They fell trees by rubbing up against them, creating areas of space and light in the woods, which help plants such as cow wheat to grow.

The heath fritillary - a rare butterfly - depends on this plant.

Patches of bare earth created by the bison dust bathing are good for lizards and rare arable weeds, while their bark stripping creates standing deadwood for fungi and insects such as stag beetles.

The project is to be funded by £1,125,000 from the People's Postcode Lottery Dream Fund.

Wild Bison to Roam Britain for First Time in Thousands of Years Alex Fox; Smithsonian magazine; 15 July 2020

After thousands of years, a herd of wild bison will be reintroduced to a nature preserve in the United Kingdom in spring of 2022, reports Damian Carrington of the Guardian.

The reintroduction will take place in a 2,500-acre area called Blean Woods in southeast England near Canterbury, according to a release. The $1.4 million “Wilder Blean” project, led by the Kent Wildlife Trust and the Wildwood Trust, will release a group of four European bison (Bison bonasus) into the woodland in hopes of restoring some of the ecosystem’s lost diversity, reports BBC News.

Britain’s new wild bison herd will include one male and three females, per the Guardian. The group, which will be brought in from the Netherlands or Poland, is expected to produce about one calf per female each year.

The hope of those behind the project is that reintroducing the grazers, which can weigh up to a ton, will result in a thriving mosaic of different habitat types. This predicted biodiversity boon is likely to occur because the bison are what ecologists call ecosystem engineers. Similar to dam-building beavers, for example, bison shape the natural environment they inhabit.

Apart from munching grass, bison can create openings in woodlands by knocking down small trees, which intersperses the habitat with open, light-flooded patches. These patches of sunlight can ultimately allow a wider array of plants and animals to flourish, per BBC News. Specifically, BBC News mentions that the openings created by bison could allow plants such as cow wheat to grow, adding that a rare butterfly called the heath fritillary depends on the plant.

“The Wilder Blean project will prove that a wilder, nature-based solution is the right one to tackling the climate and nature crisis we now face,” says Paul Hadaway, the director of conservation at the Kent Wildlife Trust, in a statement. “Using missing keystone species like bison to restore natural processes to habitats is the key to creating bio-abundance in our landscape.”

According to the Guardian, an extinct bison known as the steppe bison (Bison priscus) roamed ancient Britain’s countryside until roughly 6,000 years ago. Other sources suggest the species’ global extinction occurred around 10,000 to 11,000 years ago following the end of the most recent Ice Age.

Along with the American bison (Bison bison), the European bison is the closest living relative to those ancient beasts. However, the European bison may have never inhabited the British Isles, opening the possibility that, in a strict sense, this reintroduction is in fact an introduction.

Native or not, the project’s leaders hope that establishing a new herd of European bison in England will fill a vacant ecological role while boosting the endangered ungulate’s prospects for survival.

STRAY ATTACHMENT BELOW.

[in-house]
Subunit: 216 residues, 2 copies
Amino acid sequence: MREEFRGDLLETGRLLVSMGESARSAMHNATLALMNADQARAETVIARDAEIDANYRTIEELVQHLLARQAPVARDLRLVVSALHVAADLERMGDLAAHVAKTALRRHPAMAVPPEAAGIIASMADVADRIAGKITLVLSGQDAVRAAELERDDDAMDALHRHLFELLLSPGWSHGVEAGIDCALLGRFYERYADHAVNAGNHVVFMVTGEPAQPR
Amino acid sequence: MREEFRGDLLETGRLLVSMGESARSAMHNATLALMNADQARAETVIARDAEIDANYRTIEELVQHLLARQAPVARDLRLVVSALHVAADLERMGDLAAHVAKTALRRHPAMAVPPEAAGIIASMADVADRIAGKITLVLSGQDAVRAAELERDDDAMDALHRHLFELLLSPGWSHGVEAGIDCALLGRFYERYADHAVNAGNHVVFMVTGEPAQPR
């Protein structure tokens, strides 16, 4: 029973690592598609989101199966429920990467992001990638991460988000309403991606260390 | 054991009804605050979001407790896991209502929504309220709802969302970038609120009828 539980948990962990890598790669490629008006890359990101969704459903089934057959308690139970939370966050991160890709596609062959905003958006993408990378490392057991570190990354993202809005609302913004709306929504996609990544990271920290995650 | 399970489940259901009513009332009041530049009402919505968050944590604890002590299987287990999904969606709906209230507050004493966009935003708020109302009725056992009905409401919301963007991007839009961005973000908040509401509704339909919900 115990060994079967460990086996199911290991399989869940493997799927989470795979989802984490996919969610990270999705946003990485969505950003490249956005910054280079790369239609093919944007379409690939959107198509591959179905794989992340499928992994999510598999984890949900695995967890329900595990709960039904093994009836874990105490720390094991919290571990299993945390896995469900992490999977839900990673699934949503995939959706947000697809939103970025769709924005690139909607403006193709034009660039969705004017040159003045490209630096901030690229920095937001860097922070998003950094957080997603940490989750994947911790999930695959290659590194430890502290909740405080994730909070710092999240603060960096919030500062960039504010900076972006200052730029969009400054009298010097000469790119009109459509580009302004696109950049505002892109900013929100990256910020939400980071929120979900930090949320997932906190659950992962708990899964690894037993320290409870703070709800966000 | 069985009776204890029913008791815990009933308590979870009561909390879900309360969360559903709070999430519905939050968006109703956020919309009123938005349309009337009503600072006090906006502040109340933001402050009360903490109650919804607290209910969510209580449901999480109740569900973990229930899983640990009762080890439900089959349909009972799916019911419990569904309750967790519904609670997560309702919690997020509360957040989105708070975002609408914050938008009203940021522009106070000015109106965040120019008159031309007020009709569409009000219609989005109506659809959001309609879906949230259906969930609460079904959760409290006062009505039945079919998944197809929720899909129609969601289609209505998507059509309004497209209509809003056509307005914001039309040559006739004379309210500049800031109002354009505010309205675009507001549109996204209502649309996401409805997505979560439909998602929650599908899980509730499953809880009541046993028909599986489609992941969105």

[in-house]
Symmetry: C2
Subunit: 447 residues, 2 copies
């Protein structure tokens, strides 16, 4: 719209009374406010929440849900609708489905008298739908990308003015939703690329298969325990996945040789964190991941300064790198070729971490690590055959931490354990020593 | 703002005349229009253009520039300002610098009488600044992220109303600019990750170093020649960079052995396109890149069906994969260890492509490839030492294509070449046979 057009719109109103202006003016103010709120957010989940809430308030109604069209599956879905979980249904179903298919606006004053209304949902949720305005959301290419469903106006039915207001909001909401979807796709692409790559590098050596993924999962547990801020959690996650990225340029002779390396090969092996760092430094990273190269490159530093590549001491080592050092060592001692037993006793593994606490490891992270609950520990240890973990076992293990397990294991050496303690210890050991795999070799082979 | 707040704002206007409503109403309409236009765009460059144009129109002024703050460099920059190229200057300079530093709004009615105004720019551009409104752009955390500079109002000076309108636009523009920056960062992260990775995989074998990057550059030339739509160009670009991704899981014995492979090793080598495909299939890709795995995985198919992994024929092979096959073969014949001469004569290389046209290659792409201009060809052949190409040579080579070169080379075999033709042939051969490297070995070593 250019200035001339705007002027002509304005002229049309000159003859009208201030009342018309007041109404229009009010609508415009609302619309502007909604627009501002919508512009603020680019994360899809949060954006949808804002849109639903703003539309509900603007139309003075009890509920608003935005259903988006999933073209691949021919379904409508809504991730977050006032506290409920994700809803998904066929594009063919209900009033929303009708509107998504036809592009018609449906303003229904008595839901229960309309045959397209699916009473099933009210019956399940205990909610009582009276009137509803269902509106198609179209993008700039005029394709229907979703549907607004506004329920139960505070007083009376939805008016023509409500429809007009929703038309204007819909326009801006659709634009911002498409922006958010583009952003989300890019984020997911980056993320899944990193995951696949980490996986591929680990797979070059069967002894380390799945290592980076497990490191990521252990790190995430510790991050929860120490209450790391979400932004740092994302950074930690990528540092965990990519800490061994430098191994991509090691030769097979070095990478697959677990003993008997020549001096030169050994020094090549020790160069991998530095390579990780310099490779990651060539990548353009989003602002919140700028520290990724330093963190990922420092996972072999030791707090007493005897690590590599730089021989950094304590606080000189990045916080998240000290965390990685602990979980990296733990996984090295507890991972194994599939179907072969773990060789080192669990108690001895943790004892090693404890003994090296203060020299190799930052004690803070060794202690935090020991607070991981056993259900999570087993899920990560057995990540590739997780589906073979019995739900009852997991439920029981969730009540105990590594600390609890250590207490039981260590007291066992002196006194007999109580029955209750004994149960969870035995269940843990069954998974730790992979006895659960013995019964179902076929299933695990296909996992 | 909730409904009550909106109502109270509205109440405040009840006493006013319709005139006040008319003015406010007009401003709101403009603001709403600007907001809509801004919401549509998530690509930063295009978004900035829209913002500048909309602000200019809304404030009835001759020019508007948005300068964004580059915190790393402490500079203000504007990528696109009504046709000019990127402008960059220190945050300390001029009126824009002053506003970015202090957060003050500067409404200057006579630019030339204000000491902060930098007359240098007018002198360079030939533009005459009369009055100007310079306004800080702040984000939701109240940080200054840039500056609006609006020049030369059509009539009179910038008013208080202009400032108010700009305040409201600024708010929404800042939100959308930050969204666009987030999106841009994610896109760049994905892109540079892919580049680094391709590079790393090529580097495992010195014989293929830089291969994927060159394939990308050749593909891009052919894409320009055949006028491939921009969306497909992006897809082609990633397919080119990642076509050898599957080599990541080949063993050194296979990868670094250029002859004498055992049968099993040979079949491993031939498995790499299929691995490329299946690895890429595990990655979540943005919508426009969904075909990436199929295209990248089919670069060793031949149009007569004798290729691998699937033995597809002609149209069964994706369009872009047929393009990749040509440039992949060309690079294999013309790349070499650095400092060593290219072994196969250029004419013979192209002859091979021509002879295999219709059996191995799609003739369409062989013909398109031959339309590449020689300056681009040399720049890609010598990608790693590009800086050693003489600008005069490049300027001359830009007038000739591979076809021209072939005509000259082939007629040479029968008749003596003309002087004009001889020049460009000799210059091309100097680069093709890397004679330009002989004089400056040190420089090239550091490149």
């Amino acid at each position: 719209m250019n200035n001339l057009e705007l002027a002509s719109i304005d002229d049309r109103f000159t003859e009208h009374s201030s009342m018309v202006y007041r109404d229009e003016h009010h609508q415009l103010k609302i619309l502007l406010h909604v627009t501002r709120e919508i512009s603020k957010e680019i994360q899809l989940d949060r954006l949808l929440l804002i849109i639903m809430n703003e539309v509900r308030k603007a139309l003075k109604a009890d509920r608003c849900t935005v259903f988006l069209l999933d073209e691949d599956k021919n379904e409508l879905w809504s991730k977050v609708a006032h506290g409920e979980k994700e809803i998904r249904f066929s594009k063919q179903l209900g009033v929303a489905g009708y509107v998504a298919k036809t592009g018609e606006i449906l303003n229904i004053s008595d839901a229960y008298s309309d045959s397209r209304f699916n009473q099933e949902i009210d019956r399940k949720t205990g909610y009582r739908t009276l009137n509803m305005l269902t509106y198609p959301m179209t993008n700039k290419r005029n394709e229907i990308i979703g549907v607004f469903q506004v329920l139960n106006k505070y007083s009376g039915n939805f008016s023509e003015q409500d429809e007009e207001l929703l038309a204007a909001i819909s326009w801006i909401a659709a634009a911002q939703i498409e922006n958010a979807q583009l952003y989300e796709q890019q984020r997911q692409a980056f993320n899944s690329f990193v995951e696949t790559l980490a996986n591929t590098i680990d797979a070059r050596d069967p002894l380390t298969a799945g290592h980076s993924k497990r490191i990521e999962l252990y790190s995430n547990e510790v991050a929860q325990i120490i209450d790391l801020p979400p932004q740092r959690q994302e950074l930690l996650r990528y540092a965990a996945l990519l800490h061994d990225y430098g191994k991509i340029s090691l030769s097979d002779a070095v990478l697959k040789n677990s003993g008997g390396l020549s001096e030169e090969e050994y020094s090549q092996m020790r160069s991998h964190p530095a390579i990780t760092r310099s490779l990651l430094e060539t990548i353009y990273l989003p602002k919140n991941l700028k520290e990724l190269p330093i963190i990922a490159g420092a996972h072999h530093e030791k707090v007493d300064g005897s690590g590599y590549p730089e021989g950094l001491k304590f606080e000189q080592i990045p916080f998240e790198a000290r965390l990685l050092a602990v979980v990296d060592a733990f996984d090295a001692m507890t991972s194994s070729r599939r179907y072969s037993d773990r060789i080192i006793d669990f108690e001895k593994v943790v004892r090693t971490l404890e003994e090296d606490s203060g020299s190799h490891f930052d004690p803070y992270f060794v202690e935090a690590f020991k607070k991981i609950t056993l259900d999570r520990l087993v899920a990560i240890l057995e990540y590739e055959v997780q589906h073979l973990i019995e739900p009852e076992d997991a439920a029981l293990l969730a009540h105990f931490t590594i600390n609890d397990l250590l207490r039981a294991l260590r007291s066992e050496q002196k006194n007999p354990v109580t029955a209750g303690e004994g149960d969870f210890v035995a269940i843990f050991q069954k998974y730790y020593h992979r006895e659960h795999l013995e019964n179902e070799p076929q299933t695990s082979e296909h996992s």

The bison set to be released into Blean Woods are all descended from a herd of just 12 that just over 100 years ago represented the last remaining vestiges of their species. After the close of World War I, the European bison had nearly been eradicated by hunting and habitat loss, but captive breeding programs have built the species back up to a still-fragile population of roughly 5,000.

Writing in the Guardian, Stephen Moss lists beavers, white storks, white-tailed eagles and pine marten as examples of species that have also recently been reintroduced to England. Such reintroductions seek to replenish the island’s dwindling wildlife. The U.K. is one of the most nature depleted countries in the world, according to the Guardian. A 2019 report indicated that 41 percent of all species studied have declined since 1970, and that “priority species” declined by roughly 60 percent during the same period.

But Moss notes that this new move to add large grazers back into Britain begs the ecological question of whether the country’s lost predators might one day be reintroduced as well. Wolves, lynx and brown bear once patrolled the British Isles, keeping herbivore populations in check as they do in continental Europe.

The Wildlife Trusts’ chief executive Craig Bennett tells the Guardian that his organization sees the reintroductions of species such as the bison as key parts of an ambitious plan for conservation.

“If we accept that our environment is in desperate trouble, which it is, then we must act now. Time is running out, so letting nature help us, rather than trying to reinvent the wheel, makes sense. That could mean the introduction of keystone species, apex predators, ecosystem engineers and so on,” Bennett tells the Guardian. “Our aim is to see 30 percent of this country’s land and sea dedicated to nature by 2030.”

Devon Beavers

Beavers at work ... Devon dwellers reveal their flair for fighting floods Dan Glaister; Guardian; 14 Feb 2016

After a 400-year absence, the industrious rodents are back. On a river near Okehampton their reintroduction has led to biodiversity and cleaner water